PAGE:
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Springwatch highlights: Thursday 10th June

Jeremy Torrance web producer Jeremy Torrance web producer | 09:57 UK time, Sunday, 13 June 2010

The last show of the second week brought us glorious natives and exotic visitors, underwater sex, a beady-eyed bandit and bucketfuls of surprises. Here at Pensthorpe we saw amazing behaviour from the little ringed plovers in trying to ward off the marauding jackdaw. The avocet chicks continued to delight. A new and rather rare family, the spotted flycatchers, were introduced. And Chris analysed the kestrels' feeding habits.

Over in Dorset there was tragedy with the swan family. Of the five hatchlings, only three cygnets survived the night. Simon thought it might have been down to a fight with neighbouring swans. Not surprising given the aggression which male swans display when they fight.

The way in which the swan chicks find safety when threatened was one of our highlights. As was the final part of Ian Llewellyn's enchanting kingfisher diary. And finally, if you thought wildlife photography meant a trip to Kenya, Jay Dykes' macro photography should persuade you otherwise.

Which were your favourites? You can watch more clips from the show here or watch the whole show again on iPlayer.

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In order to see this content you need to have both Javascript enabled and Flash installed. Visit BBC Webwise for full instructions. If you're reading via RSS, you'll need to visit the blog to access this content.

In order to see this content you need to have both Javascript enabled and Flash installed. Visit BBC Webwise for full instructions. If you're reading via RSS, you'll need to visit the blog to access this content.

Comments

  • Comment number 1.

    I live in Criccieth, North Wales and while walking yesterday I found some tiny crabs in end of what appears to be a freshwater ditch. It is near the estuary but I'm pretty sure the water never reaches the ditch. As we don't have freshwater crabs could they be something new? Please help Asha

  • Comment number 2.

    i live in folkestone, kent. we have had a hedgehog living in and around our garden for about a year now. It dissapeared on bonfire night and we feared the worst. we didn't see it throughout winter but last week it came back!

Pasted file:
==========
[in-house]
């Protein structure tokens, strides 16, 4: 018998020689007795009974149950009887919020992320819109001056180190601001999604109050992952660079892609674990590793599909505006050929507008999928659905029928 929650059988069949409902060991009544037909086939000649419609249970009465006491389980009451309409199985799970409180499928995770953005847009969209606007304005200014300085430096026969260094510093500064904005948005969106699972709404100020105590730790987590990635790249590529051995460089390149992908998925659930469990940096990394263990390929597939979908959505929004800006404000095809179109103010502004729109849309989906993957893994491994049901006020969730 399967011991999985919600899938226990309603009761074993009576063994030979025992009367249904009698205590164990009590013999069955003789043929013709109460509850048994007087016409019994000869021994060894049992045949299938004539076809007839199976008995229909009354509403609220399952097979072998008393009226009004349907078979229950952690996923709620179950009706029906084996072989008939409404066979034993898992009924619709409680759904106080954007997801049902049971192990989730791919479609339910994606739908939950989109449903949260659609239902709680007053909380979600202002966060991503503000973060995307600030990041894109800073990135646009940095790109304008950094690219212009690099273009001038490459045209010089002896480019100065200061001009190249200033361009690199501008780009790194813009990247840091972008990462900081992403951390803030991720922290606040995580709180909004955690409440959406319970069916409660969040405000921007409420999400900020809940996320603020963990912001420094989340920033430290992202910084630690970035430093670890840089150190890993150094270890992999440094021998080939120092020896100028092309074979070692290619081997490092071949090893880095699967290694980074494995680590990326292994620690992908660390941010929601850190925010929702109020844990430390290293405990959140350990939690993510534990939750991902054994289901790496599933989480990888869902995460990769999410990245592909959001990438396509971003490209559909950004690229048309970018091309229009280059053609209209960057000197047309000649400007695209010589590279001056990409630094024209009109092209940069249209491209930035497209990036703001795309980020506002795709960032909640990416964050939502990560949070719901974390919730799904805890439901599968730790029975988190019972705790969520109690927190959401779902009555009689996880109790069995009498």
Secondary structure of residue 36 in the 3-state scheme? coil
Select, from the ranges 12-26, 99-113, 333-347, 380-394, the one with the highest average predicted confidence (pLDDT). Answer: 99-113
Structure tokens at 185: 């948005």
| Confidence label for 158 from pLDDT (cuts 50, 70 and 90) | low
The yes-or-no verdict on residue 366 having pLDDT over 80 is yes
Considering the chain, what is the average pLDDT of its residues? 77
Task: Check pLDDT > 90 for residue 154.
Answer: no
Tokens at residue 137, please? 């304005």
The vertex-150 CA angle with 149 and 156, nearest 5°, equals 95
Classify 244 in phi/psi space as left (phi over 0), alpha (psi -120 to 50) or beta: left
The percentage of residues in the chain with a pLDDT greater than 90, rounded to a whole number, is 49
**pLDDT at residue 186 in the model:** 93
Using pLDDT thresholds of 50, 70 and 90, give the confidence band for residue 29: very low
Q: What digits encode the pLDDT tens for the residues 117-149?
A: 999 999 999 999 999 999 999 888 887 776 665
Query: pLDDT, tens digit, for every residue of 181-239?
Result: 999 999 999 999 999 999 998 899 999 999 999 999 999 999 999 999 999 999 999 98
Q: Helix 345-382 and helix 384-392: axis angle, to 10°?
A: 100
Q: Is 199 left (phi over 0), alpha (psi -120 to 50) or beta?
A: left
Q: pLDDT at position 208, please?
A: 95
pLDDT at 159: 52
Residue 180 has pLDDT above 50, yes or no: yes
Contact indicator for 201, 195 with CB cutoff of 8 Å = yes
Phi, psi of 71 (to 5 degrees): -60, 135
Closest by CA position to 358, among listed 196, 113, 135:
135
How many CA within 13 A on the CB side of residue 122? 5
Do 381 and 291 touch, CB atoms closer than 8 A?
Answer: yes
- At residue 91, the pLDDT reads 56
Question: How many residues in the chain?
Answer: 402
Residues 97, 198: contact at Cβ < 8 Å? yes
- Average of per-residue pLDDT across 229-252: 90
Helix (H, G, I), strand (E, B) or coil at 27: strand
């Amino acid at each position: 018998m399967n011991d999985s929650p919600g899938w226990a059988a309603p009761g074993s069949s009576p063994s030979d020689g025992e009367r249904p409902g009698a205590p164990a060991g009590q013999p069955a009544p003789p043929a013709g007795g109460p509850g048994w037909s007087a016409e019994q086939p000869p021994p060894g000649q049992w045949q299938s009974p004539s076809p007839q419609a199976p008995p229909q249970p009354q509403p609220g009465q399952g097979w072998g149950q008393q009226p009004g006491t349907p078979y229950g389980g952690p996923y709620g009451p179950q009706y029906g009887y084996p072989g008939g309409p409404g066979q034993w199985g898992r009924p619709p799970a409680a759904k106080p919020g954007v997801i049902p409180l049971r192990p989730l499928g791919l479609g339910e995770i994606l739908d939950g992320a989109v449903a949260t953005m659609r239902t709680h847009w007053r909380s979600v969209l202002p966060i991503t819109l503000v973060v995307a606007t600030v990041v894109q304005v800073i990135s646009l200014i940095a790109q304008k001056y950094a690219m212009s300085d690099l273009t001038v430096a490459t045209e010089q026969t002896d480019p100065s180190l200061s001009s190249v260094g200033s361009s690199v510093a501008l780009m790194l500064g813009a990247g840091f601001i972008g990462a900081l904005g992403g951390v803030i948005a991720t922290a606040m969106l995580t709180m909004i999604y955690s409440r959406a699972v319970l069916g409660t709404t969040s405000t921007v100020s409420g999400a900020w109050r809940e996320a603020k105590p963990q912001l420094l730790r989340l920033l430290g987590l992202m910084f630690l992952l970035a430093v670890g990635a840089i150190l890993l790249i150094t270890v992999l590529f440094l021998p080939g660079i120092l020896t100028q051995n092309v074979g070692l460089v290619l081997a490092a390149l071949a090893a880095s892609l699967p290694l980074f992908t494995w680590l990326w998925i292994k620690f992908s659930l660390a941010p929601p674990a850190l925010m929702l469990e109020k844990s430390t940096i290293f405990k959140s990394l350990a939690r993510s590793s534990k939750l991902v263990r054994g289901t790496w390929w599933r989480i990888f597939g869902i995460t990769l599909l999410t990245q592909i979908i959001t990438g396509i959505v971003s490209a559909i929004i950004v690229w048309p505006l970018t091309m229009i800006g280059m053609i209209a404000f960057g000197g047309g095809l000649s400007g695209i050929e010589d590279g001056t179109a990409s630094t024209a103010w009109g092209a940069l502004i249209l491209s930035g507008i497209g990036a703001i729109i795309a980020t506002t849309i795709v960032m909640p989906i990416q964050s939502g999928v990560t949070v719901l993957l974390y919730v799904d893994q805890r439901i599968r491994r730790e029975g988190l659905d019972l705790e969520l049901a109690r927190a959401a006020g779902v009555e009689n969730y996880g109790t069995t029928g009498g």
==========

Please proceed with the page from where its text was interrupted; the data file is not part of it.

it now has baby hedgehogs in the house we made it, which is near a ground-level pond. can hedgehogs swim and if they can't is there anything we could do to help them if they fall in?

    frankie.

  • Comment number 3.

    We have suspected for a while that there might have been a bluetit nest in our hedge, but today for the first time we have seen the fledgling, perched on top of the bird feeder, while Mum (or Dad??) pecks at the suet block (they like the suet and fruit best it seems!) and takes some back up to Baby waiting on top. We are still struggling to find ways of stopping the crows and jackdaws - we are afraid they will eat the fledglings, but hopefully there is enough hedge cover nearby so the little birds can escape to safety.

  • Comment number 4.

    I was at tatton park on friday and had my picnic when over 10 jackdaws started to circle me and take my fruit. If I moved away from our position they just followed me. Next time this happens what should i do?

  • Comment number 5.

    Hi, I have a question for the presenters and was unsure where to put it where it would be read!
    Whilst walking in the woods this morning, my dad and I came across a dead fledgling crow which at first glance didn't appear to be wounded. However on closer inspection, we found that it had a large, perfectly circular hole in the back of it's head, which had been completely hollowed out! Apart from this there were no other wounds. Any ideas what could have done this?
    Thanks, Rose.

  • Comment number 6.

    Hi In our garden this year, we seem to be getting more of the larger birds such as pigeon, collared dove, magpies, even though we have not changed the type of food in our feeders. Where did all the lovely little birds go this year? hardly any blue tits or sparrows or finches. Do you think the larger birds are keeping the others away? And is there anything we can do to discourage the larger ones perhaps by changing the feed mix? I don't want to stop feeding them, but the feral pigeons are a real nuisance as they come down in flocks of six or eight. Any help would be appreciated. Thanks. Robert.

  • Comment number 7.

    hi there. can anyone update me on the ring plover we were watching please? i last saw the webcam when she only had one egg left but the webcam isn't running now? what did i miss? cheers

  • Comment number 8.

    Hi Badwell

    You can catch up on the little ringed plovers and our other families on our animals pages here:

    [Unsuitable/Broken URL removed by Moderator]

    Hope this helps!
    Sam :)

  • Comment number 9.

    Sorry about that. Here is the link to our animals pages.
    http://www.bbc.co.uk/nature/wildlife/by/b00sm50z

    Sam :)

 

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